Category Archives: Twitter

Updates on Twitter Bot

You may have noticed from my posts on Twitter that today is Day of DH 2014. To make a long story short, on #DayofDH , digital humanities scholars and teachers create special blogs to document their work for that day and to connect with like-minded scholars. Check it out if you want to learn more about the DH field writ large!

DayofDH logo

It's like a holiday, for digital humanists.

For my blog, I wrote a little bit about our Twitter bot, and particularly shared how I have now set up my computer to tweet an ad automatically every morning. As I mentioned in class yesterday, we now have around 70 followers of the Twitter account, with a couple more adding each day. Exciting times!

Now that our basic idea for the Twitter bot is up and running, perhaps we can also talk about whether there is anything else we want to add to it.

One potential limitation of our current set up is that only those who have followed us are likely to see our tweets (except when one of our followers retweets an ad, which hasn’t really happened yet). But one of our stated goals in the essay was to "surprise" people by showing them an ad in a context where they don’t expect it. We will still accomplish that with our followers, but their "surprise" will be lessened by the fact that they have decided to follow our account. Any ideas about how we can increase the distribution of and audience for the Tweets, particularly among our non-followers?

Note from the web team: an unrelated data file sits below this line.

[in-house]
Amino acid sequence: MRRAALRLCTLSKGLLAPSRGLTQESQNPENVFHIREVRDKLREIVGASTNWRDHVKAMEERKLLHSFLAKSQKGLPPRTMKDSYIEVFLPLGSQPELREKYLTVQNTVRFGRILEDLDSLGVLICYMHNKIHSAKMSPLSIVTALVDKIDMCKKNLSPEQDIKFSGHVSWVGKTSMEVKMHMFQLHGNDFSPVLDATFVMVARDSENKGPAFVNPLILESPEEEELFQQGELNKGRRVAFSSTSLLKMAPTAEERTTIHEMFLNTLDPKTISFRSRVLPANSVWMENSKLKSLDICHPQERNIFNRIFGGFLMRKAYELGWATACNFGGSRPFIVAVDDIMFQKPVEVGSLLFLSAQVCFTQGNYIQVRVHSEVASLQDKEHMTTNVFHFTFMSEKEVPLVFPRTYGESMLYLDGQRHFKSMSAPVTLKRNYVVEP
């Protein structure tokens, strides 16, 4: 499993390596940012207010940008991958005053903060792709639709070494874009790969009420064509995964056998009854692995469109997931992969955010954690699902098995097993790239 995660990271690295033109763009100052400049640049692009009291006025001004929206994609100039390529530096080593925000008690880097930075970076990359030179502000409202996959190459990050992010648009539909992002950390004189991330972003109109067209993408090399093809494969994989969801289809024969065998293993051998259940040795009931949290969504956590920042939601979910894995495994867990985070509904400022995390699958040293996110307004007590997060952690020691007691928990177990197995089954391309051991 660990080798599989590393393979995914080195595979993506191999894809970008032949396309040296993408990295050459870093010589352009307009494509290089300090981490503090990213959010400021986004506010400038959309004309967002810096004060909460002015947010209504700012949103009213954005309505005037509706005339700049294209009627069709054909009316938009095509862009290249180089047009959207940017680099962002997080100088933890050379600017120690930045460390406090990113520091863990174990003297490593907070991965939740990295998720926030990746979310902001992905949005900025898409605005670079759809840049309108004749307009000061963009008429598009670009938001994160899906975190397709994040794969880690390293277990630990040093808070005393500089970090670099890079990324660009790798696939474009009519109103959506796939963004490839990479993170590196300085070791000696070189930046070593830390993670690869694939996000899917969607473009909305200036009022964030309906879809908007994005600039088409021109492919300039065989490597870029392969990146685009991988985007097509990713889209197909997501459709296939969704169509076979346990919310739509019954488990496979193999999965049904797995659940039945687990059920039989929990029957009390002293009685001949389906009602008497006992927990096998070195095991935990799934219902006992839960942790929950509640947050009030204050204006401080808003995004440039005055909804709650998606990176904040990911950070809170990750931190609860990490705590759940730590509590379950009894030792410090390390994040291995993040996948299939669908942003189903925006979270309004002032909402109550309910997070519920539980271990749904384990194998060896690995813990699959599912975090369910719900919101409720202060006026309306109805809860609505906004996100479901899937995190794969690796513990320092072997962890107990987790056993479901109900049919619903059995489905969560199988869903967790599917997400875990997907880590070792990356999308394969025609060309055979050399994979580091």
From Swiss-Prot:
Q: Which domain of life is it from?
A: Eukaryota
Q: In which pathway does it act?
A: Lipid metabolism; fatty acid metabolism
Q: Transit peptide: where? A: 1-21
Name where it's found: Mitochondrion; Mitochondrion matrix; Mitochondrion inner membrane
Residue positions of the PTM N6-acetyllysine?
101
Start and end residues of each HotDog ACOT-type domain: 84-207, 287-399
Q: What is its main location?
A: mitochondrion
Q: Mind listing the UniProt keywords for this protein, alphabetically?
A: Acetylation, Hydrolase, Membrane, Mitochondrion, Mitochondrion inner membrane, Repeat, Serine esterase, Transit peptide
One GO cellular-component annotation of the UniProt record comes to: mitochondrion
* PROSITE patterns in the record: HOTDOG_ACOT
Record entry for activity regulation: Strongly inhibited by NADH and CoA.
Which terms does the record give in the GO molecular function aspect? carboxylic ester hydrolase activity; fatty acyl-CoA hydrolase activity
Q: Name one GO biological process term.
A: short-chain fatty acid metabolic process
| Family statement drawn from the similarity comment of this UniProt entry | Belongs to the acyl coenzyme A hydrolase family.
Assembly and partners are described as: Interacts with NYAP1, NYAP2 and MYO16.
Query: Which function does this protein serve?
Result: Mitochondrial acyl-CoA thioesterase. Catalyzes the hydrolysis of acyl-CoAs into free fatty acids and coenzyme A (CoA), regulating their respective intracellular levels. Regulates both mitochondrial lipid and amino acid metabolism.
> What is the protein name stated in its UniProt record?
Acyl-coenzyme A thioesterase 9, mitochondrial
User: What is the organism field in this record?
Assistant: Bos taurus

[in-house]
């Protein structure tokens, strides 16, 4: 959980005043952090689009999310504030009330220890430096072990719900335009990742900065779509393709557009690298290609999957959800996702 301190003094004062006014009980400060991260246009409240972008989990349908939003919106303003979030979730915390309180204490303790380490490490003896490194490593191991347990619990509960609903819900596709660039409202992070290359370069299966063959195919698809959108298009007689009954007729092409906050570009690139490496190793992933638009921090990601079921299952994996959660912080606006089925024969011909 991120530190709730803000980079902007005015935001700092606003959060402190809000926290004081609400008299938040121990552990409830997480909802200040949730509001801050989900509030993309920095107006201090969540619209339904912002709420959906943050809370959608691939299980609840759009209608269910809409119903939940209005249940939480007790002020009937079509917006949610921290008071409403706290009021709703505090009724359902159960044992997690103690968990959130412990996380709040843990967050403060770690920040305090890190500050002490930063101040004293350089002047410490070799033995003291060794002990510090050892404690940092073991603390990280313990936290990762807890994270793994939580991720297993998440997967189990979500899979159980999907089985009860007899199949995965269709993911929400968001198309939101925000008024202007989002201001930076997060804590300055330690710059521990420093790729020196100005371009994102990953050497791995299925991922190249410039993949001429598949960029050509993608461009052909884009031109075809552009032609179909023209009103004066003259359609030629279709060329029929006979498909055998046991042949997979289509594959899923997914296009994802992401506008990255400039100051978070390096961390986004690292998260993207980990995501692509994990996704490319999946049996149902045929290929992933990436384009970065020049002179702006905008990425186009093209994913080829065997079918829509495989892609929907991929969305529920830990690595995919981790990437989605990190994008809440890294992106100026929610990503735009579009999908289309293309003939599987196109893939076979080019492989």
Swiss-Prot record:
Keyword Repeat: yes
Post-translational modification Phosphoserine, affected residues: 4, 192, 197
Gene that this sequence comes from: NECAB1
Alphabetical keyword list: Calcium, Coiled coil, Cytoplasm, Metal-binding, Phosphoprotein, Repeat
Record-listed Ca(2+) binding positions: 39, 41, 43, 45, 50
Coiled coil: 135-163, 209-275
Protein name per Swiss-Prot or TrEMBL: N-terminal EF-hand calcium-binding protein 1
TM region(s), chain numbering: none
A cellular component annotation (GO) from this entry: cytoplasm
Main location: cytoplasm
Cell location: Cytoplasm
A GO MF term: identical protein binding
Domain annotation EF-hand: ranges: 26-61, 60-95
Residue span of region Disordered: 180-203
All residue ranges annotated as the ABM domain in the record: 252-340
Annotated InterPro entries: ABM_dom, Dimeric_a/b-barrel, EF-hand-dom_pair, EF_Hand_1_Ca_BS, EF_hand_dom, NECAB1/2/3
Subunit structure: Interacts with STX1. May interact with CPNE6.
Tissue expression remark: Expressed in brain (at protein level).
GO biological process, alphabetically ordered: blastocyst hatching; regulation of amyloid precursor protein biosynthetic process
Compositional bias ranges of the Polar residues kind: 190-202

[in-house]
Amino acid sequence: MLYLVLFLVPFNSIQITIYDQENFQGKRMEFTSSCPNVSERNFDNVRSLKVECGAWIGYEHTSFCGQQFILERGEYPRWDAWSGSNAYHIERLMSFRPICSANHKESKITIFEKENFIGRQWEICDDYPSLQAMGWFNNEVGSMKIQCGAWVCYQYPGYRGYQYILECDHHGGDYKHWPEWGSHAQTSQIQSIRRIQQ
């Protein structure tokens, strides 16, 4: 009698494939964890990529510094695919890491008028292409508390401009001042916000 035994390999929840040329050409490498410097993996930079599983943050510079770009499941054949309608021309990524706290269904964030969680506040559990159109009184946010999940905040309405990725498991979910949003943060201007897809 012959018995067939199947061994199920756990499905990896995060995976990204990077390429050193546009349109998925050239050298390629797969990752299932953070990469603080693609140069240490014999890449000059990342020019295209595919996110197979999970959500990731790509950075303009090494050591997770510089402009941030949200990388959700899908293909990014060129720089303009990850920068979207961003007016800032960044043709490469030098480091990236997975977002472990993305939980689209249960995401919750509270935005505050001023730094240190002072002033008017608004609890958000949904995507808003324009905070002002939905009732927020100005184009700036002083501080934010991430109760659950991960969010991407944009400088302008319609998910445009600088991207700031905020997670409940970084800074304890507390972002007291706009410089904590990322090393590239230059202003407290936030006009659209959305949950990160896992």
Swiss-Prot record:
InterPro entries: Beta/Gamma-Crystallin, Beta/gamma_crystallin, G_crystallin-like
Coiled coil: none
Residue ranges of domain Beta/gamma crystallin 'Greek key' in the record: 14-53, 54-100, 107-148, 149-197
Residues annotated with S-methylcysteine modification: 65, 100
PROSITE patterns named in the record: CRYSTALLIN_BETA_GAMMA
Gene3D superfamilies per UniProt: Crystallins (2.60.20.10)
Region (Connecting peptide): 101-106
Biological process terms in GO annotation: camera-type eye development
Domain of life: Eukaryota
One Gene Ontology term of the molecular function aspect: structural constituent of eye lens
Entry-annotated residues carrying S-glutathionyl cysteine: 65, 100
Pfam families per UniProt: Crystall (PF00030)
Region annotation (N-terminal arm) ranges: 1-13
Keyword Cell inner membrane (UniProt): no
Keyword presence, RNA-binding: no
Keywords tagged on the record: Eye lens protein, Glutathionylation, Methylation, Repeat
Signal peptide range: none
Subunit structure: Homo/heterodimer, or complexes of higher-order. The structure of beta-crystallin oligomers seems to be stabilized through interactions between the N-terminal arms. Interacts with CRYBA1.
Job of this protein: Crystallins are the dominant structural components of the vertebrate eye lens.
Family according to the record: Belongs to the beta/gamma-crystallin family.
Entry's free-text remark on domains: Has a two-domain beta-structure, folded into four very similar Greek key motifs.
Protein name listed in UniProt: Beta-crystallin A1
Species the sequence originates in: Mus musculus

Another idea that Alyssa brought up in class was to add to our account some regular "on this day" tweets. If you have ideas about how such tweets should be worded, please share them in the comments. There may be some way to word these OTD tweets in a way that solves the problem above. Open to your suggestions!

Posting Ads to Twitter

Daniel’s question in class on Monday, about whether we were planning to release the ads we have found to the public, reminded me that we had earlier discussed the possibility of tweeting out our transcriptions with a link to the zoomed image in Portal of Texas History.

This tutorial suggests that may not be too difficult, especially now that we have a way to get all of our transcriptions out of our spreadsheets and into text files. It would be possible to write a script that reconstructs the URL to the page image from the title of our text files, and then tweets the first several words of the transcription with a link. That could be a way both of sharing our finds and of increasing interest in our larger project.

Is this something we would still be interested in doing? Thoughts?